My graduate school advisor, the late Stephen Schneider, liked to ask his students: “Is the scientist-advocate an oxymoron?” As he was fond of pointing out, the two professional value systems are often in conflict. The ideal scientist is a disinterested party with a neutral perspective, while the ideal advocate is a zealous champion for a client’s subjective interest. Left alone, each system has its own internal logic. But when science and public policy meet, tension is inevitable.
Bridging the divide between analysis and advocacy isn’t a foreign concept among scientists, though it isn’t exactly common, either. Steve was a role model for many in this respect. He was a climate scientist who dedicated his career to communicating climate change—what we know, how we know it, and with what confidence. Although he was a prominent academic, Steve harbored few illusions about the ivory tower. Like most scientists who work on policy-relevant topics, he knew just how politicized research could be and how public perception and media relations complicated the innocence of academic work. Nevertheless, he embraced the opportunity to speak out about the science of climate change whenever possible.
This is hardly the norm among scientists, whatever their field. Perhaps it is better, the thinking goes, for an expert community to study its subject in private, disconnected from the media, government, and the general public. Science is pure. Leave the policy questions to the lawyers and politicians.
In law school, we talk about the duty to our clients; in science, that duty is to the truth. Scratch the surface of this story, however, and you’ll find a more complicated reality. Part of the allegiance to purity among scientists reflects a tendency to avoid the conflicts that come from asserting external authority. Many believe that speaking with non-scientists about controversial research leads to confusion, distortion, and oversimplification. The result, ironically, is that some elements of the scientific profession resist outreach when the need is greatest.
This is a huge problem in my field of research—energy and climate policy. Popular opinions on what to do about climate change abound, ranging from dismantling the Industrial Revolution to ignoring the scientific evidence altogether. While scientists can’t resolve the normative value choices we exercise in a democracy, they can help filter serious analysis from the rest. This is especially true where technical arguments form the basis for policy prescriptions.
I recently found myself in the middle of a heated debate that illustrates some of the tensions between advocacy and scientific analysis. A think tank was preparing to release a report on energy efficiency that made strong policy claims that exceeded the peer-reviewed evidence on the subject. Over e-mail, a few scientists began a debate with the think tank; this quickly grew to include reporters from national newspapers and magazines. With the press involved, our conversation took some interesting turns. My advisor’s objections to the think tank’s conclusions were highly technical and proved a challenge to communicate to the journalists. In response, the think tank tried to cast our requests for evidence as character attacks—an effective, if not exactly honest, tactic.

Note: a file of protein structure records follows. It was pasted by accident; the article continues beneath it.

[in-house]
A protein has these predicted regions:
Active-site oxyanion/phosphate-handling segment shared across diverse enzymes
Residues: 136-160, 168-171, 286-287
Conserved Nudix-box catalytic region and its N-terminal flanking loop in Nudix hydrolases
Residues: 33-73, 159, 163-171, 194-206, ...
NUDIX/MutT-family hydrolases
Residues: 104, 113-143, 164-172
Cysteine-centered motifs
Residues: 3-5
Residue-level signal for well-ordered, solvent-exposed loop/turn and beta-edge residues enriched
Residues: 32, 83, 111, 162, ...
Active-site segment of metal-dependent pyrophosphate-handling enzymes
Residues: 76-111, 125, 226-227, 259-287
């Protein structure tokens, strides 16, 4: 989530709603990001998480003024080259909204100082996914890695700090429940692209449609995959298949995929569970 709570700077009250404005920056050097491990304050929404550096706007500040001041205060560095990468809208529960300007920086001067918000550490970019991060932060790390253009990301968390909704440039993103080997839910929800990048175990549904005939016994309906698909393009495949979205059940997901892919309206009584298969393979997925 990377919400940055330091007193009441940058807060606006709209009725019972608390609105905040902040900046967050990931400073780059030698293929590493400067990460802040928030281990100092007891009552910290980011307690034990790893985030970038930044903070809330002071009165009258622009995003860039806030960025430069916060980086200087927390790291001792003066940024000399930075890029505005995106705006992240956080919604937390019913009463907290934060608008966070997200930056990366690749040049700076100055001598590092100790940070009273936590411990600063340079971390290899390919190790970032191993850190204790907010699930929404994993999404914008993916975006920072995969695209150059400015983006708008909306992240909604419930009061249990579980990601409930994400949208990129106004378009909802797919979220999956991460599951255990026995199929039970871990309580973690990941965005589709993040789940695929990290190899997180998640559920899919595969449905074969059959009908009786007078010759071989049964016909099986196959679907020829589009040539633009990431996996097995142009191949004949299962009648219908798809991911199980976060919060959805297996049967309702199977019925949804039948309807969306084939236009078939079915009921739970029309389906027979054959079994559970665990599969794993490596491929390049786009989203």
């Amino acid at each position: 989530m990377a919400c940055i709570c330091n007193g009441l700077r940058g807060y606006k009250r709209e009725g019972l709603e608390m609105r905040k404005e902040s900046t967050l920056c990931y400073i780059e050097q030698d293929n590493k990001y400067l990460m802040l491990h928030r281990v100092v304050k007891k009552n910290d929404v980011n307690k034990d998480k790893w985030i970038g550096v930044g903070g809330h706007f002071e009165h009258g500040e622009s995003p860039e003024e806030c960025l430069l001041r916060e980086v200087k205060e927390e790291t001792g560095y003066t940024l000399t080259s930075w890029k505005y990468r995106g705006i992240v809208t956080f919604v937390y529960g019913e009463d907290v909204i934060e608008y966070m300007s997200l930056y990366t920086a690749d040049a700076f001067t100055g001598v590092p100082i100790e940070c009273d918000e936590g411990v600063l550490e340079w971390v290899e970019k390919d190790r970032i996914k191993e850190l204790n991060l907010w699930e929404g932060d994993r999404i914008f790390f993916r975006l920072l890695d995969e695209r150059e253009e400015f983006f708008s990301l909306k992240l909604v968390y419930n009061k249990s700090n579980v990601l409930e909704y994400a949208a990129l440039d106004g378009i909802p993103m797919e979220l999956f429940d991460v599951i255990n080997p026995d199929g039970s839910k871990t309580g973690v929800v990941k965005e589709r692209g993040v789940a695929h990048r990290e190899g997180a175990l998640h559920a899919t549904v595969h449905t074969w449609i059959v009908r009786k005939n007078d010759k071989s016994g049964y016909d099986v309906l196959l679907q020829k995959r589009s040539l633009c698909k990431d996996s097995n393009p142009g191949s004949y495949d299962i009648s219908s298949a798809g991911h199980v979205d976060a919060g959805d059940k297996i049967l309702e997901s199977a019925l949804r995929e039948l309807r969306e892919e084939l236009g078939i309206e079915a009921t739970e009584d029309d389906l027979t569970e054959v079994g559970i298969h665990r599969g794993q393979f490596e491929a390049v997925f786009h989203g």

Working with my colleagues, I struggled to help frame the issue for the non-experts involved in the e-mail exchange. What is the evidence? On what grounds do we determine expert authority? And which claims appropriately portray scientific uncertainties? If we could bring the narrative back to these questions, our side would be able to defuse some of the more extreme claims the think tank brought to the table and then progress could be made on resolving the policy prescriptions. As I got deeper into the weeds, I realized that I had slipped into that hybrid mode of analysis Steve talked about for so many years—science advocacy.
Having crossed over into law from an energy science background, I have come to appreciate how the two worlds complement each other, and I highly recommend the reverse journey as well. Now is a great time to study energy at Stanford. For the first time in Stanford’s history, a student group has developed a comprehensive, campus-wide resource for students interested in energy issues. The Stanford Energy Club (http://energy.stanford.edu) has a complete calendar of events, a database of classes, and a list of jobs and internships. There’s no better place to start than Professor Jane Woodward’s (MS ’83, MBA ’87) class, Energy Resources (CEE 173A, fall quarters). And here at Stanford Law, we have the Energy Society of Stanford Law School.
Even if your interest as a lawyer has nothing to do with energy or the environment, chances are there’s a scientific angle to your specialty. Whether it’s biotech or digital IP, health care or tax policy, many legal specializations rest on scientific foundations. It’s worth taking some time to learn more about a relevant scientific community and how its professional norms interact with the roles we play as lawyers. In the end, I hope that will make us better—and hopefully more honest—advocates. SL
At Stanford, Cullenward studies the challenge of reducing greenhouse gas emissions in the energy sector. While pursuing his law degree, he is also working on a PhD in Environment and Resources, focusing on the problems of managing and projecting national energy consumption inventories.